Personal Choices Program

Published on
July 4, 2023
Last updated
July 26, 2023
Written by
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Katie Wilkinson
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Learn about the Personal Choices Program, a Medicaid option offering self-directed home and community-based care services.
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Overview of the Personal Choices Program

The Medicaid Personal Choices Program is a program that allows individuals who are eligible for Medicaid and require long-term care to manage their care services. Through this program, individuals can receive a monthly budget for needed services and have the flexibility to hire their caregivers, including friends and family members. The program aims to give people more control over the type of care they receive and how it is delivered.

Here are some of the main components of the Medicaid Personal Choices Program:

  1. Self-Directed Care: Participants in the program can hire and manage their care attendants, including hiring friends or family members to provide care.
  2. Budgets: Participants receive a monthly budget to spend on care services. The budget is based on the individual's needs and is intended to cover the cost of services and support.
  3. Support Services: Participants can receive support in managing their care through counseling and training. They also have access to a financial management service that helps them manage their budget and pay for services.
  4. Service Plan: Participants work with a counselor to develop a personalized plan for care services. This plan outlines the types of services needed, the budget for these services, and how they will be delivered.
  5. Variation by State: The Personal Choices Program can vary by state, as Medicaid programs are administered at the state level. Different states may have other names for similar programs, additional eligibility criteria, and different services available through the program.

This program is part of a broader movement towards consumer-directed care, which aims to give individuals more control over the healthcare services they receive. The Personal Choices Program is just one example of how this can be implemented for individuals who are eligible for Medicaid and need long-term care.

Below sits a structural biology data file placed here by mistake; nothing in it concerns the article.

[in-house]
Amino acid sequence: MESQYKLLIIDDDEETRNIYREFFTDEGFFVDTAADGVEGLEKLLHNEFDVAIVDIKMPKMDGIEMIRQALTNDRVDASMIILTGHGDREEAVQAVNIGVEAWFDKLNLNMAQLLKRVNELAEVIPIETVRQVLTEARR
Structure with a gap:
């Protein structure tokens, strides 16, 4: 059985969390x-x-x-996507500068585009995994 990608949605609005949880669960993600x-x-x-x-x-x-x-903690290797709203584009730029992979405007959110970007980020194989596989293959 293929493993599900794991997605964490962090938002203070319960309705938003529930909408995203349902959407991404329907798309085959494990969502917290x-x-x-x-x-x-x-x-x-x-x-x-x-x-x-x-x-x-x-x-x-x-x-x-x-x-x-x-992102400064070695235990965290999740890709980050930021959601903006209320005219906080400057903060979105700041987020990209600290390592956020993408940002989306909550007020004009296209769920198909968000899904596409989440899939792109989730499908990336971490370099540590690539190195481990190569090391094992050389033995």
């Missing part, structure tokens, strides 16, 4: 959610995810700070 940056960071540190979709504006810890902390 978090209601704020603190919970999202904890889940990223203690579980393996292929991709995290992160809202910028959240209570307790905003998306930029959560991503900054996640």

Alternate names for the Personal Choices Program

The Personal Choices Program may also be known by different names depending on the state or region. Here are a few alternative names that may be used to refer to similar programs:

  1. Consumer-Directed Services Program
  2. Self-Directed Services Program
  3. Participant-Directed Services Program
  4. Cash and Counseling Program
  5. Individual Budget Program
  6. Participant-Employed Provider Program
  7. Home and Community-Based Services (HCBS)

Eligibility requirements

Eligibility for the Medicaid Personal Choices Program or similar Medicaid waiver programs is determined based on income, assets, level of care needed, and state-specific criteria. Below are some common criteria:

  1. Income Limits: Each state sets its income limits for Medicaid eligibility. Generally, individuals must have an income that is at or below a certain percentage of the Federal Poverty Level (FPL). Some states allow individuals with income above the standard Medicaid limits to qualify for the program through "spend-down" provisions or special income trusts.
  2. Asset Limits: Individuals must also meet asset limits. This includes checking and savings accounts, investments, and in some cases, property. Some assets, like your primary home or a car, may be exempt.
  3. Level of Care: To qualify for the Personal Choices Program or a similar program, an individual must typically require a level of care equivalent to that provided in a nursing home. This is assessed based on the individual's ability to perform activities of daily living such as bathing, dressing, eating, etc.
  4. Disability Status: Many Medicaid waiver programs, including Personal Choices, are designed for individuals with disabilities. States may have specific criteria for what constitutes a disability.
  5. Age: Some programs are specifically for elderly individuals, typically those aged 65 and older, while others are for individuals with disabilities of any age.
  6. Citizenship or Immigration Status: To qualify for Medicaid, individuals must be U.S. citizens or have eligible immigration status.
  7. State Residency: Individuals must be residents of the state where they apply for Medicaid.
  8. Other State-Specific Criteria: States may have additional criteria for eligibility.

Application Process

  1. Determine Eligibility: Before applying, individuals can use online pre-screening tools or contact their state's Medicaid office to determine if they may be eligible for the program.
  2. Complete Application: Individuals can apply for Medicaid online, by mail, or in person at their local Medicaid office. Some states have specific application forms for waiver programs like Personal Choices.
  3. Gather Documentation: Applicants must provide documentation of their income, assets, medical condition, and any other information their state requires.
  4. Assessment: After the application is submitted, the state may require an evaluation to determine the level of care needed. This is typically done in the applicant's home.
  5. Approval and Enrollment: Individuals will be enrolled in the program once approved. If enrolling in a program like Personal Choices, they will work with a counselor to develop a care plan.
  6. Regular Reviews: Once enrolled, participants will typically be subject to periodic reviews to ensure they continue to meet the eligibility criteria.